The above was reported by Channel News Asia (CNA) on 18 September 2019. Only good news was that the above was not a result of a cyber breach. Malaysia was one of the 52 countries investigated by a German based cybersecurity firm who discovered that millions of medical information in these 52 countries are freely accessible on computer servers worldwide. Some of the 52 countries, includes Australia, China, Japan, the United Kingdom, France, the United States, Russia and Brazil. The personal data unearthed and in public domain included full names, dates of birth, dates of medical examinations, X-ray images, CT and MRI scans.
For Malaysia, 19,922 patient data records were publicly accessible from three archive systems, along with 1.2 million images associated with these records. The cybersecurity firm warned that the data could harm a person’s reputation and could be used for identity theft.
We have in several articles posted, highlighted the point that cyber criminals are increasingly targeting healthcare records. We are also of the view that healthcare organisations in our country, both in the public and private sector have inadequate cyber risks measures implemented to-date, making them a high probable targets for cyber criminals.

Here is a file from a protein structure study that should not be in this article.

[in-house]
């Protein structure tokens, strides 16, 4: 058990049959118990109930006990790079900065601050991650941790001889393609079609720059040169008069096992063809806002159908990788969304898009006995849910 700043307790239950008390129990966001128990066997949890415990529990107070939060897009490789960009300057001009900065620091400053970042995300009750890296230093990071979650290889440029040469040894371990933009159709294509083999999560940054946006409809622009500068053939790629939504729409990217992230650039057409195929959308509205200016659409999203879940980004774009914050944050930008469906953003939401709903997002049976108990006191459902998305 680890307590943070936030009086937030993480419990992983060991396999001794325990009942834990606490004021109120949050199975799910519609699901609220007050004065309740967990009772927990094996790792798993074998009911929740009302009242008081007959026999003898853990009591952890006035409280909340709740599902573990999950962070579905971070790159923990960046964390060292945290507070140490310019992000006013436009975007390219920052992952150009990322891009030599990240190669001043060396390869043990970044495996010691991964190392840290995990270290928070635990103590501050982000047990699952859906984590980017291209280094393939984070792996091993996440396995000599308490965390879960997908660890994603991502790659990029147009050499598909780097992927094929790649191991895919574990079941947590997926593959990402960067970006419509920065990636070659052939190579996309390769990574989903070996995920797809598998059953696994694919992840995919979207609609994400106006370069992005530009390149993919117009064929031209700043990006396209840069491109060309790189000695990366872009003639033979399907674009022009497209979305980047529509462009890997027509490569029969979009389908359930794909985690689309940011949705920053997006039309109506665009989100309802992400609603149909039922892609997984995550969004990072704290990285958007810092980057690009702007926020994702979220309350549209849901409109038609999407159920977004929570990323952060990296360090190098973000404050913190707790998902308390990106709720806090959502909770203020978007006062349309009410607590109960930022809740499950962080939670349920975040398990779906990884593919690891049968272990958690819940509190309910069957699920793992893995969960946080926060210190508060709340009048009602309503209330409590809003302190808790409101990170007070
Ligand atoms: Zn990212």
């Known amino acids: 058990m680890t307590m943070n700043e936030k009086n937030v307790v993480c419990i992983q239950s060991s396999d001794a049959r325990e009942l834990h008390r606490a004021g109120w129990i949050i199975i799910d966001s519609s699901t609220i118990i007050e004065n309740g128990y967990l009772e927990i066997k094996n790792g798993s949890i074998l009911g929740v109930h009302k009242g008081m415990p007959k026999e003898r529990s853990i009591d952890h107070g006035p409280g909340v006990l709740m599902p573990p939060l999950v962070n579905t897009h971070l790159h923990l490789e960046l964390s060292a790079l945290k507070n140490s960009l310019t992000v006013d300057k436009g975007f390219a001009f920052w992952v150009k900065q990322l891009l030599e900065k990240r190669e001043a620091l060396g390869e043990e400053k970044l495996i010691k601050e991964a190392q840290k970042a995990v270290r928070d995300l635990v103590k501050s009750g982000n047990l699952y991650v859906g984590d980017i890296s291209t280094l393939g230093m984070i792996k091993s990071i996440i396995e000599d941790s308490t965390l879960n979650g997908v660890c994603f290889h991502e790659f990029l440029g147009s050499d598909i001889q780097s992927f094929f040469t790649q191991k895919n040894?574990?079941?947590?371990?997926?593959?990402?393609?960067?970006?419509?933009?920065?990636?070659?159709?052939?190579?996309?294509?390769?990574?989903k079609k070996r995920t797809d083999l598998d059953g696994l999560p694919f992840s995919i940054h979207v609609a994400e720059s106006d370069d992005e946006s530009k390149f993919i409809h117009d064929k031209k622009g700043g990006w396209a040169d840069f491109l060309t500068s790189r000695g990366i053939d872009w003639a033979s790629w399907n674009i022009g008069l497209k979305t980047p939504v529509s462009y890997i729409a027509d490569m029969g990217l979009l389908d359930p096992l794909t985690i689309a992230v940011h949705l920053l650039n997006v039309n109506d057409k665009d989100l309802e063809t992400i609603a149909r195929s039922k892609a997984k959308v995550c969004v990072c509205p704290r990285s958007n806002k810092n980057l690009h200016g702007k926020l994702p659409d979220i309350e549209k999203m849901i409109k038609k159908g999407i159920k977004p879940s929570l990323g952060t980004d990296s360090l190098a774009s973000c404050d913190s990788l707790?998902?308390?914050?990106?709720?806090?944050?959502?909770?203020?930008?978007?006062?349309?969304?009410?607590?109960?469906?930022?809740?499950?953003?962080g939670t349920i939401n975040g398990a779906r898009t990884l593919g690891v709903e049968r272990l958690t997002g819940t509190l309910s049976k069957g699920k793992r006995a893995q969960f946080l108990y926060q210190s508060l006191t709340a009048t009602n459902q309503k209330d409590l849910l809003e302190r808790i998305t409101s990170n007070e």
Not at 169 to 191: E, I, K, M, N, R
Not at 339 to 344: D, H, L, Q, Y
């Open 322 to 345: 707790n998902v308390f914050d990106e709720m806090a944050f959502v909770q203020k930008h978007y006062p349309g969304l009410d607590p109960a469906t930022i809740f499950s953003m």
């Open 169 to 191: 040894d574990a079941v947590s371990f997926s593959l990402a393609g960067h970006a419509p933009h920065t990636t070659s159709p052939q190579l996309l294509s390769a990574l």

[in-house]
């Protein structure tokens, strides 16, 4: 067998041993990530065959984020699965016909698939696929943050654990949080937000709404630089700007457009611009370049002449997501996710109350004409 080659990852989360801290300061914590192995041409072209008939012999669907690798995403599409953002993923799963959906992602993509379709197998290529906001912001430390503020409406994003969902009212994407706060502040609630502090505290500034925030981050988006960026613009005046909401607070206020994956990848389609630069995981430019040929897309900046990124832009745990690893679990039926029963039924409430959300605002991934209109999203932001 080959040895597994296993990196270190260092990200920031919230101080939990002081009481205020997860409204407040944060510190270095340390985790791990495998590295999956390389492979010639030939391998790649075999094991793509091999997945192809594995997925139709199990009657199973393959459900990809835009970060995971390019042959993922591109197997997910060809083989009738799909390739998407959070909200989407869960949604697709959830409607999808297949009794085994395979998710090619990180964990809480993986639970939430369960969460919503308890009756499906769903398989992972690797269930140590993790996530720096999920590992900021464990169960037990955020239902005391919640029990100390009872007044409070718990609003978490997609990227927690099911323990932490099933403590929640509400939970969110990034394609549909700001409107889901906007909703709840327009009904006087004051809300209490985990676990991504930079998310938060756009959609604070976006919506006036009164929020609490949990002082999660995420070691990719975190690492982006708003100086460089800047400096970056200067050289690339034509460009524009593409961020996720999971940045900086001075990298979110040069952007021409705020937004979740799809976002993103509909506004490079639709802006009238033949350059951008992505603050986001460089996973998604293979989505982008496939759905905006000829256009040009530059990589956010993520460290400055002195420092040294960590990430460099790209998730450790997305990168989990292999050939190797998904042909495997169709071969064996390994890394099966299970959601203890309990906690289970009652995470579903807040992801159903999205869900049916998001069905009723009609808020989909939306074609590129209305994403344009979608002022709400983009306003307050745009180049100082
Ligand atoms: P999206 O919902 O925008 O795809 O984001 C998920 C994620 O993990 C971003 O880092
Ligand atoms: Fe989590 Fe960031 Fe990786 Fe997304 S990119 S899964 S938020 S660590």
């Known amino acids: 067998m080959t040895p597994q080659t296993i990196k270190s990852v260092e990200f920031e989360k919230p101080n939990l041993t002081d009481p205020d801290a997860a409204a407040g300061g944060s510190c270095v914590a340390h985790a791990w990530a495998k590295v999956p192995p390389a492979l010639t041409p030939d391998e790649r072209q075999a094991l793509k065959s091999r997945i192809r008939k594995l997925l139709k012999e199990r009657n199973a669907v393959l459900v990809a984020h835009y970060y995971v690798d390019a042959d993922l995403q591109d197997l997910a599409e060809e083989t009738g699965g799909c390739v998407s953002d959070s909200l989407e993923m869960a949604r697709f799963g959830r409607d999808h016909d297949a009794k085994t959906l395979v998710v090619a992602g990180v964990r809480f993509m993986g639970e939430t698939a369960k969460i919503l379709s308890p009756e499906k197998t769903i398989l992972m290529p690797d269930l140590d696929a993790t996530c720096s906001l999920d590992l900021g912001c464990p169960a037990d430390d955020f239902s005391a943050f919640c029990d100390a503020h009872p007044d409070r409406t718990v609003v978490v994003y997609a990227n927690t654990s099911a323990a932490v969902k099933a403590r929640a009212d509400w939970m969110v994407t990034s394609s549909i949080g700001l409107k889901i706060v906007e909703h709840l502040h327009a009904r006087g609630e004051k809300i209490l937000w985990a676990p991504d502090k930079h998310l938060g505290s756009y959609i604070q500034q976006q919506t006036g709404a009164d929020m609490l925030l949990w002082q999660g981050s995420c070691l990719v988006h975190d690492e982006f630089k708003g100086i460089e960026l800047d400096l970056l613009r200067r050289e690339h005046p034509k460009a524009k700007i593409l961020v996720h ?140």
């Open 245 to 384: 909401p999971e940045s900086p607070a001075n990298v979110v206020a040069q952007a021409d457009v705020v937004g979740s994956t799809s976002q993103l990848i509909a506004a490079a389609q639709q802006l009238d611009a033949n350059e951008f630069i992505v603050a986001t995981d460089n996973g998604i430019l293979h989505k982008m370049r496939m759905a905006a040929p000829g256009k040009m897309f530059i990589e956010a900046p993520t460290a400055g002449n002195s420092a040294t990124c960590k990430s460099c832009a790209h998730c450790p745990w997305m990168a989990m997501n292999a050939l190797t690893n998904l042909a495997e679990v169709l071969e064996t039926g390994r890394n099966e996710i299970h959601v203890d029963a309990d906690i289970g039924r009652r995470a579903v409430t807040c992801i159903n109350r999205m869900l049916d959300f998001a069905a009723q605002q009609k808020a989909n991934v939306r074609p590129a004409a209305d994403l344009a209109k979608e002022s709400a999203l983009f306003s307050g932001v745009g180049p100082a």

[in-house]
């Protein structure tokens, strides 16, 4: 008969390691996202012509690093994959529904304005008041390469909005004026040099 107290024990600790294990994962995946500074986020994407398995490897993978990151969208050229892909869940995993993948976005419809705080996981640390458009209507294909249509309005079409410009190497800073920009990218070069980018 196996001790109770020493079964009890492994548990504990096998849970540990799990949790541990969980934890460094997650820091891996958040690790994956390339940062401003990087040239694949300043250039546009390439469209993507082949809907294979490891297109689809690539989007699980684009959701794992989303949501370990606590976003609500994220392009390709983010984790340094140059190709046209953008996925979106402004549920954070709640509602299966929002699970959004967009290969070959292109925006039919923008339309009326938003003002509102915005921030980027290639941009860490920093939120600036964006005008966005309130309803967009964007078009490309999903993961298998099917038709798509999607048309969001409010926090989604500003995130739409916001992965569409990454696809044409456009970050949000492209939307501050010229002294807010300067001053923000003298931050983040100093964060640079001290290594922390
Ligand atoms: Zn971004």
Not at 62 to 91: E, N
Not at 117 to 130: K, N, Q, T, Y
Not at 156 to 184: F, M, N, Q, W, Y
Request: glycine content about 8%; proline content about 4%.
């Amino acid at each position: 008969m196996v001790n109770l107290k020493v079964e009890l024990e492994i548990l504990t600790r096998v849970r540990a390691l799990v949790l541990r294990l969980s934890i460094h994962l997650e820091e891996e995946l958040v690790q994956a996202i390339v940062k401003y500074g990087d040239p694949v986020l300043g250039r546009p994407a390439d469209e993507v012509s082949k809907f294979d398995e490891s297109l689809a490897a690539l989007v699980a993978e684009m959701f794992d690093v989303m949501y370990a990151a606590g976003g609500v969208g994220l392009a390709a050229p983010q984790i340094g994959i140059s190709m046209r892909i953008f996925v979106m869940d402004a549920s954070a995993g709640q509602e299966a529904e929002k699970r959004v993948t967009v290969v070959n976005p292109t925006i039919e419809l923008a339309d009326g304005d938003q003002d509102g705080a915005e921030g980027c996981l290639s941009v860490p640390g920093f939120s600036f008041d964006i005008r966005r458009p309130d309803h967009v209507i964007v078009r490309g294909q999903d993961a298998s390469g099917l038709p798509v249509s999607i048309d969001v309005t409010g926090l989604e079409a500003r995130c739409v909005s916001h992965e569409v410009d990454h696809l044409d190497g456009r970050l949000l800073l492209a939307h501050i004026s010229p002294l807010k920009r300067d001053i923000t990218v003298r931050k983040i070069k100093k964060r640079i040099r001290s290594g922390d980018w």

How many times do we need to highlight to the leadership of those in charge of healthcare organisations in Malaysia before they 'wake up' from their slumber to face the realities of today's cyber world? As shown in several recent cases in the US and the EU, organisations in this 2 regions are now finding out 'the costs' of not taking the issue of cyber risks against their organisations seriously is much more damaging than if they have listened and invested in having active cyber risks measures implemented.